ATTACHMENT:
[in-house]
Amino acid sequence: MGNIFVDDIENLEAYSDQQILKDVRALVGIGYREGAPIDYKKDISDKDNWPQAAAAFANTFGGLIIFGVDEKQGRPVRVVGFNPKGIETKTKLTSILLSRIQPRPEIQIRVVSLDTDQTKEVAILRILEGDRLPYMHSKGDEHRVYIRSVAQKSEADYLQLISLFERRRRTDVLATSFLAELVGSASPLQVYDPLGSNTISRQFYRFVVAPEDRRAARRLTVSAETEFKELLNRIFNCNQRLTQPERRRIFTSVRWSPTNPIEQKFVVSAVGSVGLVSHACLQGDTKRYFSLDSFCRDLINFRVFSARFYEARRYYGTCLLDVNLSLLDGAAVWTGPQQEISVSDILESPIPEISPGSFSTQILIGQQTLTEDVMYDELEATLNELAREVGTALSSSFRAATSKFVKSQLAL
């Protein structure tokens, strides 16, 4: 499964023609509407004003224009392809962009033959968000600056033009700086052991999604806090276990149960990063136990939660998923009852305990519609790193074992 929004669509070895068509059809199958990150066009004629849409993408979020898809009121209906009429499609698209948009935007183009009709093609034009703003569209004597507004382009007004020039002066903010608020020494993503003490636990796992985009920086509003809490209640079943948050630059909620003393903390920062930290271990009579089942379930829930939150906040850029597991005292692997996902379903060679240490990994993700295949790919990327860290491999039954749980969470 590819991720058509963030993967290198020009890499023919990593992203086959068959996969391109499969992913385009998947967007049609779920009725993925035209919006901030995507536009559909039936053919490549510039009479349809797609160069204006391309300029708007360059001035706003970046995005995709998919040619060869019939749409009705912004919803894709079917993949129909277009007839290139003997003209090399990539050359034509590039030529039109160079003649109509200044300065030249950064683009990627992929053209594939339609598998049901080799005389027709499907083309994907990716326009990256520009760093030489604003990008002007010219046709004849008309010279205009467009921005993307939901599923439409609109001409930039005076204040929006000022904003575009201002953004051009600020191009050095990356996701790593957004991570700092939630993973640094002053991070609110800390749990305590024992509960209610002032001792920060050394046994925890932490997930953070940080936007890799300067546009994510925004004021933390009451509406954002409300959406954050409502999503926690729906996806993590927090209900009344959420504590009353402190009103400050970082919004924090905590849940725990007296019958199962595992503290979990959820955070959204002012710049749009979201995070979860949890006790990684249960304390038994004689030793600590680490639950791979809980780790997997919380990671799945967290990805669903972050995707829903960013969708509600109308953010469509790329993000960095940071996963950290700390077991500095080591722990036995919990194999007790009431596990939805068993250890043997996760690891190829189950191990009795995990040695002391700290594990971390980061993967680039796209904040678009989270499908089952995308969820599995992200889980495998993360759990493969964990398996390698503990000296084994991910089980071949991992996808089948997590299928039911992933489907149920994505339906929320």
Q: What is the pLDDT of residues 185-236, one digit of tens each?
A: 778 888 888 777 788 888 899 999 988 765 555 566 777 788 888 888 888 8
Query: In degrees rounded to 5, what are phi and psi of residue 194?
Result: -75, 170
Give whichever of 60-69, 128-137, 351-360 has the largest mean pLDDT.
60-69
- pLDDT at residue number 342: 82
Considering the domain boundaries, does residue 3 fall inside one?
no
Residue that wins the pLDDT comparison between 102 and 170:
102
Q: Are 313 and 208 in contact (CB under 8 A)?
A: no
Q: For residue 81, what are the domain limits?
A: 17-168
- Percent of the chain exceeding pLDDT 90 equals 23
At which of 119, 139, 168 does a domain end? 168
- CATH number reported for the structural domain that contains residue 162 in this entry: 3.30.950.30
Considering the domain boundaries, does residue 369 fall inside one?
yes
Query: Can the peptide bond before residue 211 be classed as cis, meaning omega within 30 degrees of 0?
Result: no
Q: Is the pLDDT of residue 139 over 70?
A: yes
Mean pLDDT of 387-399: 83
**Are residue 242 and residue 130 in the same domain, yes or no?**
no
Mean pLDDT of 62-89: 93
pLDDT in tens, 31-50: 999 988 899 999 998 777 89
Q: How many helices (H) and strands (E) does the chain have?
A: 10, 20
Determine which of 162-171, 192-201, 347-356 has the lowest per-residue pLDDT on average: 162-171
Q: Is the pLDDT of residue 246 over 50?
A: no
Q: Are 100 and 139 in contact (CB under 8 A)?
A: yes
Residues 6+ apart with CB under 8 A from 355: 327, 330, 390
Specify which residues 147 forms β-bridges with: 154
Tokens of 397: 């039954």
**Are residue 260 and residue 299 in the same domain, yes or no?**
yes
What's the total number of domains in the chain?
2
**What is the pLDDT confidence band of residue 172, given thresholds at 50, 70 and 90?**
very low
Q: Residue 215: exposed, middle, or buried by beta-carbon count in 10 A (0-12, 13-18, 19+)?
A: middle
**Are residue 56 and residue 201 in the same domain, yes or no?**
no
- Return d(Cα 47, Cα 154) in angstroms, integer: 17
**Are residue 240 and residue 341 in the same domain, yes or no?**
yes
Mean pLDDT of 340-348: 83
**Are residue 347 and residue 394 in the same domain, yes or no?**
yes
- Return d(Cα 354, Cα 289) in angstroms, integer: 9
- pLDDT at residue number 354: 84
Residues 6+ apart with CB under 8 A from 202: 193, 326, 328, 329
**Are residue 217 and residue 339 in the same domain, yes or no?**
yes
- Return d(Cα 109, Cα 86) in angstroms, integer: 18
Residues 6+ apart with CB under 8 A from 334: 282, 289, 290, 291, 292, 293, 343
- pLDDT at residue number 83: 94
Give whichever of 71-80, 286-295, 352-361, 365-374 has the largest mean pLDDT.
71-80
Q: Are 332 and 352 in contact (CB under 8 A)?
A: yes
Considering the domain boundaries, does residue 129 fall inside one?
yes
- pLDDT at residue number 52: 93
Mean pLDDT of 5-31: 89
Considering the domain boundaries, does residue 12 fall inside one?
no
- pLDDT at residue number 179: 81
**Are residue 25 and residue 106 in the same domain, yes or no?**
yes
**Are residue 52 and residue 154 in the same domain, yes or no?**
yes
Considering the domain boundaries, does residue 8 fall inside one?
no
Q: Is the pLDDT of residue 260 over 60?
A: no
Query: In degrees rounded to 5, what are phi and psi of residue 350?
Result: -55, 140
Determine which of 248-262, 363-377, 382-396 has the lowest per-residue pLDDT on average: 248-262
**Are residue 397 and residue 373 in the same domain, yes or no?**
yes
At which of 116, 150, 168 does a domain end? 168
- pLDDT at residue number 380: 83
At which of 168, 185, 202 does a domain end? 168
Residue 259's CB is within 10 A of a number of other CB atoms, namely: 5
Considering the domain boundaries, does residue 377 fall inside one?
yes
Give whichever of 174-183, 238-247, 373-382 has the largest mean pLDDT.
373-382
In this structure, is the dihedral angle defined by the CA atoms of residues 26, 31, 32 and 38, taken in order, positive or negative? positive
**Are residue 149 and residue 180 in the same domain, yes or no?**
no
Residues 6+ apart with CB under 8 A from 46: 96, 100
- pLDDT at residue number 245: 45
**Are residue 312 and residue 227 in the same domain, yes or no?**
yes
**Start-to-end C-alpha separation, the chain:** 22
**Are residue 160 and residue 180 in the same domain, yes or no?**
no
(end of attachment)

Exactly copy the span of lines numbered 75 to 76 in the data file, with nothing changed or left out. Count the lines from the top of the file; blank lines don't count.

Considering the domain boundaries, does residue 12 fall inside one?
no